Challenges facing computer education in Kenya

19.12.2013 Benjamin Gubler

Kenya is a leading country in East Africa as far as technology is concerned. Kenyan students are very ready to embrace technology in their classes but there are a few things that have kept them behind. The government has not yet put in place measures to implements computer education in schools.

For any country to go to great heights of ICT adoption, good educational measures should be put in place to make sure that computer studies are taught to children at very early stages of their lives. In this article I am going to highlight some of the problems that are a hindrance to proper implementation of computer studies in Kenya.

These are:

The number of qualified teachers to teach ICT is very low compared to the number of schools in the country.

Computer prices still remain very high, despite the effort of the government and some NGOs to give out free computers to schools, there is still a large deficit because schools cannot afford to buy computers for their students

Power supply is another big issue in Kenya; there are many schools located away from the national power supply. This makes it impossible for these students to have computer classes. The price of power connection is also very high that schools cannot afford to pay.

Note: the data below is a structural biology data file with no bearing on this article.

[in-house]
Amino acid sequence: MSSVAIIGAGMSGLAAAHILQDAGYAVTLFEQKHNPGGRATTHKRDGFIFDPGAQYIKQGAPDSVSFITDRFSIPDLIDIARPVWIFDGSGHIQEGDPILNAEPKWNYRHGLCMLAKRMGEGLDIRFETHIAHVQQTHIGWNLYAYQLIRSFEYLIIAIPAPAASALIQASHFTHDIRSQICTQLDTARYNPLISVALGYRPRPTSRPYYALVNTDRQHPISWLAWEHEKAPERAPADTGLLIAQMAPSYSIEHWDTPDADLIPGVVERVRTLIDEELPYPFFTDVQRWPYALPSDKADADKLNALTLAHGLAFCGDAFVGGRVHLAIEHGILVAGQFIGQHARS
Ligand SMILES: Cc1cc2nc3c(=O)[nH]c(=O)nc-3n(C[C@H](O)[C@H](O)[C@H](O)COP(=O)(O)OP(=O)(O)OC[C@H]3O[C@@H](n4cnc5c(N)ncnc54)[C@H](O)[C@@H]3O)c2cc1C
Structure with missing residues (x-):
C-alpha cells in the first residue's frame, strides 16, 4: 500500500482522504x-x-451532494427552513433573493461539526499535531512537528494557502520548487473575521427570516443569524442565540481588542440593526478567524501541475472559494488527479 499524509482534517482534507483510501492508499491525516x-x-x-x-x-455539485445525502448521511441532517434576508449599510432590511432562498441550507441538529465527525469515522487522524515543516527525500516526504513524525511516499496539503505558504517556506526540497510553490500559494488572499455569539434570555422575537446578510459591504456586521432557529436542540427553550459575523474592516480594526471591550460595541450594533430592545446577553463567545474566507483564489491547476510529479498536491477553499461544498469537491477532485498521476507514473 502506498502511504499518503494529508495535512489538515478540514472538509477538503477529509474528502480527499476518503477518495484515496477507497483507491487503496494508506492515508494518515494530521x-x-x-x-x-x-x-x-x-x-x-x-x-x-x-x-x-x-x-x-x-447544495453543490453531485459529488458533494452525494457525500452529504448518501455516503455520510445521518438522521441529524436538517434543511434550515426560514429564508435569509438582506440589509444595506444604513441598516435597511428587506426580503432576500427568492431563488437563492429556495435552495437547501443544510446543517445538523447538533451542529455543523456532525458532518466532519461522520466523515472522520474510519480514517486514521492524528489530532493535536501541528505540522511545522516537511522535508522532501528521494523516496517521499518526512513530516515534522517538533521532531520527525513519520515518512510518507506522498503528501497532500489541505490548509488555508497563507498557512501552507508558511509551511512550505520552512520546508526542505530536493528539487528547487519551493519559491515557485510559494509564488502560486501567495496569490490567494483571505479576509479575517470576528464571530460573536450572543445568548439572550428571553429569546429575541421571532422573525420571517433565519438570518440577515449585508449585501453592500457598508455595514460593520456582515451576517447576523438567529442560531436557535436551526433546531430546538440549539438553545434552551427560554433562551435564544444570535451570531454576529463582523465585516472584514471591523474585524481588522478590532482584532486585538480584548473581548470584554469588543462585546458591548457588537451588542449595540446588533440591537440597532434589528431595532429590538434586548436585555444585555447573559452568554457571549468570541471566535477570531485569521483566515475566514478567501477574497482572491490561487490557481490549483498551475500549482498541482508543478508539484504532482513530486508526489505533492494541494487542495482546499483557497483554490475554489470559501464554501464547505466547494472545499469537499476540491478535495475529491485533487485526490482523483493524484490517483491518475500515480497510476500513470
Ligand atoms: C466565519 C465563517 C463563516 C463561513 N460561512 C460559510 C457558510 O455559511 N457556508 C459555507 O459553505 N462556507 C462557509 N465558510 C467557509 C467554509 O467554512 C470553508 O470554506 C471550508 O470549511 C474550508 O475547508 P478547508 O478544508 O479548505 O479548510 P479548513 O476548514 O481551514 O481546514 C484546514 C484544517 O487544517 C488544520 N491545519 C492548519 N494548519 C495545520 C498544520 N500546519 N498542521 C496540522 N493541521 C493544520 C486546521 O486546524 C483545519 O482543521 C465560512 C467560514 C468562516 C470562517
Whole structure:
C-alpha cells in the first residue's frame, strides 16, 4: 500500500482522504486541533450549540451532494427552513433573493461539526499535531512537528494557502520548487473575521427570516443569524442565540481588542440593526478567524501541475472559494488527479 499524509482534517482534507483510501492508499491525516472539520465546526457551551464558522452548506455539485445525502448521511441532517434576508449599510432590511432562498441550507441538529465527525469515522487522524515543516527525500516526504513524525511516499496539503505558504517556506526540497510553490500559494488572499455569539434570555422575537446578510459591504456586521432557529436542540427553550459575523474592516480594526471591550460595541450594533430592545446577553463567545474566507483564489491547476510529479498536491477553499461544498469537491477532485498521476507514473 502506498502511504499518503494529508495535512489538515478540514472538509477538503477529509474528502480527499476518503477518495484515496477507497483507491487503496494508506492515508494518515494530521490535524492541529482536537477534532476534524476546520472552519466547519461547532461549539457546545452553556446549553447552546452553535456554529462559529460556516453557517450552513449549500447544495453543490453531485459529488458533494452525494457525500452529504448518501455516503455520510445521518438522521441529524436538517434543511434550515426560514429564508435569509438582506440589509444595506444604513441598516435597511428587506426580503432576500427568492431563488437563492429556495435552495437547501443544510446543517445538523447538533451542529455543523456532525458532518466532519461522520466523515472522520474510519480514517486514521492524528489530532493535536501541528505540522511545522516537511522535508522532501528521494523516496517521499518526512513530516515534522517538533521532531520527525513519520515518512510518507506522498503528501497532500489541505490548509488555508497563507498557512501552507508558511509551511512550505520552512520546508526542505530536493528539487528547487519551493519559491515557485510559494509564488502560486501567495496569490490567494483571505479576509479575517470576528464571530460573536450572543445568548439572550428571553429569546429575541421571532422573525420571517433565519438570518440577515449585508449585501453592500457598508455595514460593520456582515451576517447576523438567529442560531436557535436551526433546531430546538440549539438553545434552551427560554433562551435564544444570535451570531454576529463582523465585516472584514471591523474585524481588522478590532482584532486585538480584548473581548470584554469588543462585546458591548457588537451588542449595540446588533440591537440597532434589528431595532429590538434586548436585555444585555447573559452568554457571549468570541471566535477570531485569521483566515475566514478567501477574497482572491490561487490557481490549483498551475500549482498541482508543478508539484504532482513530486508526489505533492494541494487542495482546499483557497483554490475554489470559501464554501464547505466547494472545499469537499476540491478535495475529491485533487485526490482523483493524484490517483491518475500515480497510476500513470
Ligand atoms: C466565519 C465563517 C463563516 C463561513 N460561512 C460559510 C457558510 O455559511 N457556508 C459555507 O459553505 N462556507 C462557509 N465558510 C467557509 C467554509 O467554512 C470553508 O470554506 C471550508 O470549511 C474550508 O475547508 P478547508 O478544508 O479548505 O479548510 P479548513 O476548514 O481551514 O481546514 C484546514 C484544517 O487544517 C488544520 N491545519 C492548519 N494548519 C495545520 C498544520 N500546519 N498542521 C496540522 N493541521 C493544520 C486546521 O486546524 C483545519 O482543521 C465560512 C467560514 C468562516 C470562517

Many schools in Kenya lack good security systems, this encourages burglary and due to the high costs of computers it takes time to buy replacements once they are stolen or they might never be bought again. This high cost makes computers a good target for thieves because they are assured of good money.

There is also lack of good implementation of policies by the government and the community as a whole. There is no that strong urge by the government to introduce computer studies in Kenyan schools. The initiative by the government to offer free laptops to pupils has been encountered by big opposition from both teachers and some government officials.

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